NEW YORK -- If you watch the Padres regularly, you’ve seen some version of this before: In the first inning of Tuesday night's 5-4 win, Eric Lauer spotted his curveball two inches off the outside corner. Ever so gently, the catcher’s mitt drifted toward the plate. Yankees slugger Gary Sanchez
NEW YORK -- If you watch the Padres regularly, you’ve seen some version of this before: In the first inning of Tuesday night's 5-4 win, Eric Lauer spotted his curveball two inches off the outside corner. Ever so gently, the catcher’s mitt drifted toward the plate. Yankees slugger Gary Sanchez stood confounded as he was rung up. The culprit was already halfway to the visiting dugout.
Nobody does it better. Nobody steals strikes quite like Austin Hedges.
Though Hedges is off to a slow start offensively this season, defensively, he's been arguably one of the most valuable players in baseball. He is up to 12 defensive runs saved, easily the best mark for catchers, and third among all defenders.
His framing numbers are off the charts. Per Baseball Prospectus, his 9.7 framing runs above average are tops in the Majors. Per Statcast, his seven runs saved by extra strikes are also first. He is changing the game with every pitch.
"The sexy ones are the called strike threes," Hedges said. "But it's more about switching counts. It's that 0-0 pitch or that 1-1 pitch. ... The more often we can flip a count to 0-1 or 1-2, it directly results in outs."
Hedges' presentation has been so flawless, he's fooling his own pitchers.
"He makes it look so good to me that I'll get upset on the mound, or I'll say something because I think it was a strike," said starter Matt Strahm. "Then he'll come in the dugout, and he'll be like, 'Strahmy, that was [outside].' And I think, 'Damn, bro, you made that look really good.'"
Hedges' defensive repertoire is hardly limited to his framing abilities. His arm qualifies as elite, and his 1.93 average pop time is third in the Majors. He's brilliant on pitches in the dirt, and to a man, the Padres' pitching staff raves about his game-calling and preparation.
"You know he's working for you back there," Lauer said. "You see him back there working his [butt] off, making sure you get every strike possible."
"He's second to none, what he can do behind the plate," said closer Kirby Yates. "Calling the game, blocking balls, throwing, he's elite at everything he does."
Tuesday's game was a clinic in Hedges' unseen value. He nicked strikes left and right, frustrating Yankees hitters all night. He also served as something of a security blanket for pitchers who needed to make difficult high-leverage pitches.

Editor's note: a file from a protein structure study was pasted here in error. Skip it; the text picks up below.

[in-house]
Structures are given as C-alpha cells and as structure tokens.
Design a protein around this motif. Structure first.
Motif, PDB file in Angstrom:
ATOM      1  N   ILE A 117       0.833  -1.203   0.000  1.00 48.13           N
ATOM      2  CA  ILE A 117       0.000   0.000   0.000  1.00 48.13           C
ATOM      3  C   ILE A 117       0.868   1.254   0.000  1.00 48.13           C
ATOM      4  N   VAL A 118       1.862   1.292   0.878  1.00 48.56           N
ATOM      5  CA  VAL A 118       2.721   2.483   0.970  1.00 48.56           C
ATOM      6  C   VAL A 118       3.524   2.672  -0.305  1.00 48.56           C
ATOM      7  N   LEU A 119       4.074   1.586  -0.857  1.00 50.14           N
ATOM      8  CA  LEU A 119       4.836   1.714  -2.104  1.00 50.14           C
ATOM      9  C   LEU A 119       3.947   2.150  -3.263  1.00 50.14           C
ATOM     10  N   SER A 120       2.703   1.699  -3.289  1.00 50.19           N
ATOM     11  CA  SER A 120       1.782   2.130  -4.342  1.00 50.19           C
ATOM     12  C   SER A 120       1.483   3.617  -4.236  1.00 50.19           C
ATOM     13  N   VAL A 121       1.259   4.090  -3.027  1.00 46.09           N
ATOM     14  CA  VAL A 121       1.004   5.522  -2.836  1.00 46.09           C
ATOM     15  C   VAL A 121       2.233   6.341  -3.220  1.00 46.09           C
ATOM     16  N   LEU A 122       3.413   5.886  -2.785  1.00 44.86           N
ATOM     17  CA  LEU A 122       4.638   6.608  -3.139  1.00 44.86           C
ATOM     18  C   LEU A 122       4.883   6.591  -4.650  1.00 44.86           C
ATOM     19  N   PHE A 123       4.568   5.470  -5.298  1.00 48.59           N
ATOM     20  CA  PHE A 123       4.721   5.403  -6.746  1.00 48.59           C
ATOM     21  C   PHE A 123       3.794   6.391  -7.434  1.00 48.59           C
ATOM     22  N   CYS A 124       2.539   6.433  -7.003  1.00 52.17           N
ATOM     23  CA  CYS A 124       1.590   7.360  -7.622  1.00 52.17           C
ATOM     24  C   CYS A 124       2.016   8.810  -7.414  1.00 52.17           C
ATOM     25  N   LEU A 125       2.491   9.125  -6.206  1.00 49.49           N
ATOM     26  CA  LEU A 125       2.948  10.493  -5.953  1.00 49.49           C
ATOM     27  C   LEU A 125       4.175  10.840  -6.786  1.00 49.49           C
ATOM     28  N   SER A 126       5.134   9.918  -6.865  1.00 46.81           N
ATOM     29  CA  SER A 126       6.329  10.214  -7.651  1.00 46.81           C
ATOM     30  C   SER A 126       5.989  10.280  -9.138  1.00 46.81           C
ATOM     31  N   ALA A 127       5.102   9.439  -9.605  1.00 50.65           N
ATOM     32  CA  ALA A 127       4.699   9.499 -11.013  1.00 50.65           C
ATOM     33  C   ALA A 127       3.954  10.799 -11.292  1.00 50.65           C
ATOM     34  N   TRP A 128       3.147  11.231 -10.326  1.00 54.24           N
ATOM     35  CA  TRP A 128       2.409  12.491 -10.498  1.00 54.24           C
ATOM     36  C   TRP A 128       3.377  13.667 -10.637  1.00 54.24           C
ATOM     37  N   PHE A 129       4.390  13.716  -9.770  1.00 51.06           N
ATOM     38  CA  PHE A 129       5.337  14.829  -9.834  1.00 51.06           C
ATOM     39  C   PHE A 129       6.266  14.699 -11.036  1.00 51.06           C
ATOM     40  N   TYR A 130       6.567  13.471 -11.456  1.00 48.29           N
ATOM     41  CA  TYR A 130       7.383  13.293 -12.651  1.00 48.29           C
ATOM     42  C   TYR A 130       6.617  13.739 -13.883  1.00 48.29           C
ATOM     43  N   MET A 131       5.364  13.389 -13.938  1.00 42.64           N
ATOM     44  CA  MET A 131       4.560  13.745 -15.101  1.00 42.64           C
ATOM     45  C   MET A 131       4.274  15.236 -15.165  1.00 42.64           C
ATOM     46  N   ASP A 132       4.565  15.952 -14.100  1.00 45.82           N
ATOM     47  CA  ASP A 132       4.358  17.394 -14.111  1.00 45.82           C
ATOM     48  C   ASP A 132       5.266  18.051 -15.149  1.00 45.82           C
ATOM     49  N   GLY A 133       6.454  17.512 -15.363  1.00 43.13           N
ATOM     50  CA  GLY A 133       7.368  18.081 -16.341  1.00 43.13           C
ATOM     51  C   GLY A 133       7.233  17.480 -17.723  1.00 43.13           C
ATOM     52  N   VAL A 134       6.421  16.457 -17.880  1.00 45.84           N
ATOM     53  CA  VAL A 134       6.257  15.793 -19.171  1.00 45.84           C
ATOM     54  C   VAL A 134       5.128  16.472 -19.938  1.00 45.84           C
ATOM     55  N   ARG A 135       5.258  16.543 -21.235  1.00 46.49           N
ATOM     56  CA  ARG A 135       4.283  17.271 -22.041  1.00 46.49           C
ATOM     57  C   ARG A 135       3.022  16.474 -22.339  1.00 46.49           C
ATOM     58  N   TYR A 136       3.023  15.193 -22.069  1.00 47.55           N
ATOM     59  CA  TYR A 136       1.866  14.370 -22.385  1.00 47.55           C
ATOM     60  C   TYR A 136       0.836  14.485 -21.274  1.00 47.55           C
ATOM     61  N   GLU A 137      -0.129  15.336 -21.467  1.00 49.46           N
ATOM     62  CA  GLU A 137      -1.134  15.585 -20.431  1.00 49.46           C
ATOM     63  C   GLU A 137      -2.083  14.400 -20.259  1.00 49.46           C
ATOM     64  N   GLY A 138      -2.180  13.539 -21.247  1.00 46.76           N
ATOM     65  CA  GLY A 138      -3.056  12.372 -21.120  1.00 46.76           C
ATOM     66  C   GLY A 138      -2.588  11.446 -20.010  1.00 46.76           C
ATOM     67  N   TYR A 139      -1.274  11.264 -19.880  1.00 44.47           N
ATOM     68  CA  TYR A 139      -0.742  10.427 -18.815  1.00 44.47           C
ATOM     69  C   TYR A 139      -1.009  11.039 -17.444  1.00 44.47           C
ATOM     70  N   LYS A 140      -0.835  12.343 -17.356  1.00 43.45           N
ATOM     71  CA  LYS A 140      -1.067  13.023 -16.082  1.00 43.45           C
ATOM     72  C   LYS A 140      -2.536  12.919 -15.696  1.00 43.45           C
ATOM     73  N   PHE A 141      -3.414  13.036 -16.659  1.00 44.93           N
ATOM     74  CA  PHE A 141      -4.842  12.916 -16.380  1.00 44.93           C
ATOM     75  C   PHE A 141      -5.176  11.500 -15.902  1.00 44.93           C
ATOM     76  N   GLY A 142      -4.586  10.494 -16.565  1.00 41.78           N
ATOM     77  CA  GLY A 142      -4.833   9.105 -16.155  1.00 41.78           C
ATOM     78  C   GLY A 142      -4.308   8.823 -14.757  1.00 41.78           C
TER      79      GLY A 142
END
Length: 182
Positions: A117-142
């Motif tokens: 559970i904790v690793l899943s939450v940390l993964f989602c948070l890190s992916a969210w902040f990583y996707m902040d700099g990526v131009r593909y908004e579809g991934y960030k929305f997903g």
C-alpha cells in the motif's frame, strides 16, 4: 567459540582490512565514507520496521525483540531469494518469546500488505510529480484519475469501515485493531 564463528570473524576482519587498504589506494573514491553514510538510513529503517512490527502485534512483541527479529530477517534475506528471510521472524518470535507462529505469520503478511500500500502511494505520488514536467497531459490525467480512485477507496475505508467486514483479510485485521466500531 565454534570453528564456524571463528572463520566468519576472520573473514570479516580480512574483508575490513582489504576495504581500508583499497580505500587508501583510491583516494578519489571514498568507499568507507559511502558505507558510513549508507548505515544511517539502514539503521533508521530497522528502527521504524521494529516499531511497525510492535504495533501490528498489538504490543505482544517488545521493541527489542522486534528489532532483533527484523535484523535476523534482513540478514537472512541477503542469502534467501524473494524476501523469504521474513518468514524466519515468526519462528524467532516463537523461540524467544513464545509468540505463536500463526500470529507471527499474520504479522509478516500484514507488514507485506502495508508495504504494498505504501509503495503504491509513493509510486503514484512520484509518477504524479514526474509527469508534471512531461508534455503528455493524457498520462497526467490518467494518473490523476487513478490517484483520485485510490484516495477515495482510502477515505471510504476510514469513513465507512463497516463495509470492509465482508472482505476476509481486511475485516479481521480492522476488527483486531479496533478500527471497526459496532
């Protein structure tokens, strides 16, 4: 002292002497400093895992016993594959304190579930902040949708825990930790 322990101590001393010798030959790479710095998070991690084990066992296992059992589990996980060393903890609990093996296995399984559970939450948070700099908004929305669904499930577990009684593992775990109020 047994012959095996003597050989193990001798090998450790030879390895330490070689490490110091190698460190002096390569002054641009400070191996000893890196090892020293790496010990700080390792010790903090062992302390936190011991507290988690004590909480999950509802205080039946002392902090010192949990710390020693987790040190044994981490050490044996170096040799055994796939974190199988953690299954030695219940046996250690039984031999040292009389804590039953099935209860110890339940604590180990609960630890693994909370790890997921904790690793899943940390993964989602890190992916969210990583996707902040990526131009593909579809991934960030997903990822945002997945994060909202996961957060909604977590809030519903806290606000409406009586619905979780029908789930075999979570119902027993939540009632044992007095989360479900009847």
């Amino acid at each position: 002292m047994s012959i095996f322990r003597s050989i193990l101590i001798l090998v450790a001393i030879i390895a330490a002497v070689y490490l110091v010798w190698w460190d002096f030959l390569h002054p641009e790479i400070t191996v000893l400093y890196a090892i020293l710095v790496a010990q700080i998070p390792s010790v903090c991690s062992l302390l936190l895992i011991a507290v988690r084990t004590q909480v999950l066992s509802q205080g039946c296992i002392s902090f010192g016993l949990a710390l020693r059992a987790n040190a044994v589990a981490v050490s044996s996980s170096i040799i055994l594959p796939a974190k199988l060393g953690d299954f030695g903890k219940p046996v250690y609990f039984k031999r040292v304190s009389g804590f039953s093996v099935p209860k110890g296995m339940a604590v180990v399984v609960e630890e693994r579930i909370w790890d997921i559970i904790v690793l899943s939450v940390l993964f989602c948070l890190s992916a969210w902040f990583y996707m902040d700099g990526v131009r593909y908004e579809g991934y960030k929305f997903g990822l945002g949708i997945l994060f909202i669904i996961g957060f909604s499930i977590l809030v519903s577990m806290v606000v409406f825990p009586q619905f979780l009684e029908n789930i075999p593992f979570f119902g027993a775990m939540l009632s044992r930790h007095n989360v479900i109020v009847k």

In the seventh inning, Craig Stammen bounced an 0-1 slider to Sanchez with the potential tying run on third base. Stammen didn't even think about the risk involved until he watched it on video later that night.
"That pitch was not close," Stammen said. "He blocks it like it was nothing. You don't think about not throwing it. If you have a catcher that's not as great as he is, you've got to think twice about those pitches."
Hedges has always been excellent defensively, but this year he's better than ever. By defensive runs saved, he's already put together the eighth-best season for a catcher in the last five years.
It's not even June.
Hedges, as he generally does, deflects the credit. In his eyes, he's not "stealing strikes." His pitchers are merely hitting their spots, and he’s doing his best to make sure the umps notice the quality of the pitches.
"If it's a blatant ball, I can't do anything with it,” Hedges said. “But when our pitchers are throwing a pitch that's on the corner to just off the corner -- when you've thrown pitches that are on the corner all night, I can make that pitch that's just off look like a strike."
Hedges is hitting only .202 with a .272 on-base percentage, but there's a reason he's in the lineup nearly every night, even as Francisco Mejia approaches a return from his knee ailment. If Hedges' offense continues to trend slightly upward, he'll almost certainly continue to get the bulk of the reps.
And yet, Hedges has yet to win a Gold Glove Award. Somehow, he's never even been a finalist.
So what would it take to put him on the map?
"If we win," Yates said. "If you look up two months from now and we're still in it, people are going to notice. He's a huge reason we're winning games."
Indeed, the Padres have trotted out the youngest rotation in baseball -- one loaded with question marks before the season -- and they sit seventh in the Majors with a 3.82 starters ERA.
The constant is Hedges, even if sometimes his value isn't so easy to spot.
AJ Cassavell covers the Padres for MLB.com. Follow him on Twitter @ajcassavell.